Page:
That was actually someone's story. Poop is always comedy gold.

So I wrote a story about what I had to go through as a kid to get a dog. And it was all true. And it turned out to be pretty funny. The best part was I think it was one of the better stories I have ever written and it never would have occurred to me to write it as a comedy. Now I realize it couldn't have been written any other way.

So we were all invited to Mr. Keillor's office hours to review our stories individually. Which is pretty impressive considering there were over 200 people in the class and he made the time to talk to us individually.

So I show up for office hours during lunch. Of course the obnoxious girl is there, waiting to talk to her best friend, Garrison. I hear her laugh and snort and try to not think about how much I want to punch her.

But then something weird happens. I'm standing at the door and I hear her scream, "But I don't know what to write about!" She is crying. Freaky, ugly, loud crying. I have never seen such drama. So I do what I do best. I stand there like a robot and stare at her with bug eyes. I look at Garrison Keillor. He stands like a statue; it's apparent he's seen this before, or he's had this reaction from people before. He may sometimes appear to be completely befuddled looking but right now he looks as calm as a Zen master. He hands the paper back to her. She is sniffling and wiping her eyes; I guess she didn't get the praise she was looking for.

Garrison looks at me. "Yes?"
"Um..." I say. "I think I'm next."
"Okay." He tries to calm the crazy girl down and then she leaves.
"And who are you?"
I tell him my name and he sits down in his chair and rifles through a stack of essays. "Oh, here you are." He squints at it. "Hmmm...I haven't read this yet. Do you mind if I read it now?"
"Okay."
He peers at me a little closer. "You're not going to cry, too, are you? If I scribble all over this."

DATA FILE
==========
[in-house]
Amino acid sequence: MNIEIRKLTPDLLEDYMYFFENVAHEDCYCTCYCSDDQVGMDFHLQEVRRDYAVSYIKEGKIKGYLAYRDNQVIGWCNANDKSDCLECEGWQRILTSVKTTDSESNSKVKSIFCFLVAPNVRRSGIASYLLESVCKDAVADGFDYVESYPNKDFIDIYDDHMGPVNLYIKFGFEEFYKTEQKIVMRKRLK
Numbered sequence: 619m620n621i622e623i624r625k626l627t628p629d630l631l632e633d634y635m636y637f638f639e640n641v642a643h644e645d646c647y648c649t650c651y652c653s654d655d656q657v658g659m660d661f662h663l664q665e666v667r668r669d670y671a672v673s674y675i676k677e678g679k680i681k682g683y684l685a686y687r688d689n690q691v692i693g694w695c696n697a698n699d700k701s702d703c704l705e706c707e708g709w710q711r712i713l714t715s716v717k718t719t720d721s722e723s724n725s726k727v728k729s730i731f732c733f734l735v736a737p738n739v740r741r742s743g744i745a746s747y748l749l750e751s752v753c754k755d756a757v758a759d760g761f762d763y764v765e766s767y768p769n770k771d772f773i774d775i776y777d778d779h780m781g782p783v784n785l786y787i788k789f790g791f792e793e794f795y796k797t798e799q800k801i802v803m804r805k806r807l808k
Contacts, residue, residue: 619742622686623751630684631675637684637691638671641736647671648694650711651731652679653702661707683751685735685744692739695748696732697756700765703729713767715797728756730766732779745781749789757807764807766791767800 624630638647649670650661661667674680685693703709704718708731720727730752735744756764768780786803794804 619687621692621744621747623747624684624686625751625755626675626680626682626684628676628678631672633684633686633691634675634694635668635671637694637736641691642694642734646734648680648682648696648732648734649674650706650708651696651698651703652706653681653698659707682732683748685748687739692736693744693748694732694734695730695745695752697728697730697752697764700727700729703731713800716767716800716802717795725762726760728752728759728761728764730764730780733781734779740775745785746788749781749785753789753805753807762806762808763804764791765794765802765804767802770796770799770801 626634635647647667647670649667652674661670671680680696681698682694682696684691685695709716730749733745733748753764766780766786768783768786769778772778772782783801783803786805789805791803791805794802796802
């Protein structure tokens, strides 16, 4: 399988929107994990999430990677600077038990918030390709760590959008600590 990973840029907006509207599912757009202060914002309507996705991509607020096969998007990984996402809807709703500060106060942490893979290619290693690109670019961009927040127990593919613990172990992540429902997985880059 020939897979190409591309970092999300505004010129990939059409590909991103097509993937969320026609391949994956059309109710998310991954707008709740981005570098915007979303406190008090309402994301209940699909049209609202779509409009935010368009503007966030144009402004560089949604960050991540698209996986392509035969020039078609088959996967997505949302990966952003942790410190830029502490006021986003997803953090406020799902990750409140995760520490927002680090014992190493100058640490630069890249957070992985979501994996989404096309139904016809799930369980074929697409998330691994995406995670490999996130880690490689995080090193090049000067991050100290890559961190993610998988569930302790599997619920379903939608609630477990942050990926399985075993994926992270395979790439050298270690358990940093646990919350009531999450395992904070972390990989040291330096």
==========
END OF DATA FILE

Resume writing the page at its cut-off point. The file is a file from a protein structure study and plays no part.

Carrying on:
I almost snort. "Not if it makes it better."
He grins. It appears he likes my answer.

He reads my essay while I stare at the bookshelf, pretending to read the spines, but I'm not reading anything. I notice he is wearing the old school Saucony Jazz running shoes, the exact same kind I'm wearing, except mine are navy blue and his are red. I feel like I should mention this, our similarly awesome taste in athletic footwear but I can't bring myself to say anything. I realize that saying that would make me sound like crazy girl, or at the very least, a giant dork. "We have the same shoes!" Yeah, colossal dork.

I sit silently and listen to him chuckle and go, "Hrrmpf." Then he takes out a red pen and proceeds to draw a line through every sentence on the first page. Except for the first two. He hands the paper back. "You don't need all this."
"Um...okay."
"I liked your story."
"Okay. Thanks."

He thinks for a minute. "Did you ever get another dog?"
I smile because I know what he means by that question. "No," I say. "I have two cats."

He nods and then I get up and leave.

In my next post, I will will tell you what happened next with the story and post the complete thing.

1 comment:

Christina E. Rodriguez said...

EEEEEeeee I can't wait! I hope you've got some followup on crazy girl as well.